The law of immunity of states, of international organisations, and of public officials is one of the most important and most controversial topics of international law. The book takes up new trends and challenges in this field and assesses them within the framework of global constitutionalism and multilevel governance. Contains chapters in both English and French.
The Development and Effectiveness of International Administrative Law
This book contains essays addressing issues including: the role of international administrative law in the governance of international organizations, the contribution of international administrative tribunals, and problems of effectiveness and legitimacy in the design and operation of the institutions of international administrative law.
Beyond Human Rights
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Sex and the Constitution Sex Religion and Law from America s Origins to the Twenty First Century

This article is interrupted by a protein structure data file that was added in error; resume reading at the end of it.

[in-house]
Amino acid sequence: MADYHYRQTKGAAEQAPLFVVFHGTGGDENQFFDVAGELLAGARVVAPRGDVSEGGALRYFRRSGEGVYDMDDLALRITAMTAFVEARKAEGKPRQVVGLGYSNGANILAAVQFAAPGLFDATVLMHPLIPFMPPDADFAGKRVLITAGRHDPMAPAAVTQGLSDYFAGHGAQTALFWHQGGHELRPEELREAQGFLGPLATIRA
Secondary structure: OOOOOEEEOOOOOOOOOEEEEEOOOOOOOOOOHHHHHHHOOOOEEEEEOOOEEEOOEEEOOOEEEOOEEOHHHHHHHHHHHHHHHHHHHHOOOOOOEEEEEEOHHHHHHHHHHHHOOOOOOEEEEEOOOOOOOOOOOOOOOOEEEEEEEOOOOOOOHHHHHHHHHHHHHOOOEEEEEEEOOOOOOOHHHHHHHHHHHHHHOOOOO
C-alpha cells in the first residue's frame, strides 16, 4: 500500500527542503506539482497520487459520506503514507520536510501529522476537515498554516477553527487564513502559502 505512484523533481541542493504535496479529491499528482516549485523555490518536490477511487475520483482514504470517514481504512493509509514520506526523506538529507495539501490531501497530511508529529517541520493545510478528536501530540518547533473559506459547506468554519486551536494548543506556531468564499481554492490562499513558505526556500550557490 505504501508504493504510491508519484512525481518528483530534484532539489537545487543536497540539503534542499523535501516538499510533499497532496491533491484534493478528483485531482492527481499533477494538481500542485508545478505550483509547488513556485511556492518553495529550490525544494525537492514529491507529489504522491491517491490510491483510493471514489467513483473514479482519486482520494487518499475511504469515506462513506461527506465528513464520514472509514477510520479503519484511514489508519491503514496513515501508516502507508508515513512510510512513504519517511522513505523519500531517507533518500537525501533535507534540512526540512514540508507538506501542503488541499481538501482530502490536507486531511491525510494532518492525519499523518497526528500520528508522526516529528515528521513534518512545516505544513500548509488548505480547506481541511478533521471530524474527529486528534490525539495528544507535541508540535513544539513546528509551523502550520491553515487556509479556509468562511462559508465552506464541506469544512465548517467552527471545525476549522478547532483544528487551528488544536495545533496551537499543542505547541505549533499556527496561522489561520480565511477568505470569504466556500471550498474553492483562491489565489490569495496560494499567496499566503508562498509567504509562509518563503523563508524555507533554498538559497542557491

There has never been a book like Sex and the Constitution, a one-volume history that chapter after chapter overturns popular shibboleths, while dramatically narrating the epic story of how sex came to be legislated in America. Beginning his volume in the ancient and medieval worlds, Geoffrey R. Stone demonstrates how the Founding Fathers, deeply influenced by their philosophical forebears, saw traditional Christianity as an impediment to the pursuit of happiness and to the quest for human progress. Acutely aware of the need to separate politics from the divisive forces of religion, the Founding Fathers crafted a constitution that expressed the fundamental values of the Enlightenment. Although the Second Great Awakening later came to define America through the lens of evangelical Christianity, nineteenth-century Americans continued to view sex as a matter of private concern, so much so that sexual expression and information about contraception circulated freely, abortions before “quickening” remained legal, and prosecutions for sodomy were almost nonexistent. The late nineteenth and early twentieth centuries reversed such tolerance, however, as charismatic spiritual leaders and barnstorming politicians rejected the values of our nation’s founders. Spurred on by Anthony Comstock, America’s most feared enforcer of morality, new laws were enacted banning pornography, contraception, and abortion, with Comstock proposing that the word “unclean” be branded on the foreheads of homosexuals. Women increasingly lost control of their bodies, and birth control advocates, like Margaret Sanger, were imprisoned for advocating their beliefs. In this new world, abortions were for the first time relegated to dank and dangerous back rooms. The twentieth century gradually saw the emergence of bitter divisions over issues of sexual “morality” and sexual freedom. Fiercely determined organizations and individuals on both the right and the left wrestled in the domains of politics, religion, public opinion, and the courts to win over the soul of the nation. With its stirring portrayals of Supreme Court justices, Sex and the Constitution reads like a dramatic gazette of the critical cases they decided, ranging from Griswold v. Connecticut (contraception), to Roe v. Wade (abortion), to Obergefell v. Hodges (gay marriage), with Stone providing vivid historical context to the decisions that have come to define who we are as a nation. Now, though, after the 2016 presidential election, we seem to have taken a huge step backward, with the progress of the last half century suddenly imperiled. No one can predict the extent to which constitutional decisions safeguarding our personal freedoms might soon be eroded, but Sex and the Constitution is more vital now than ever before.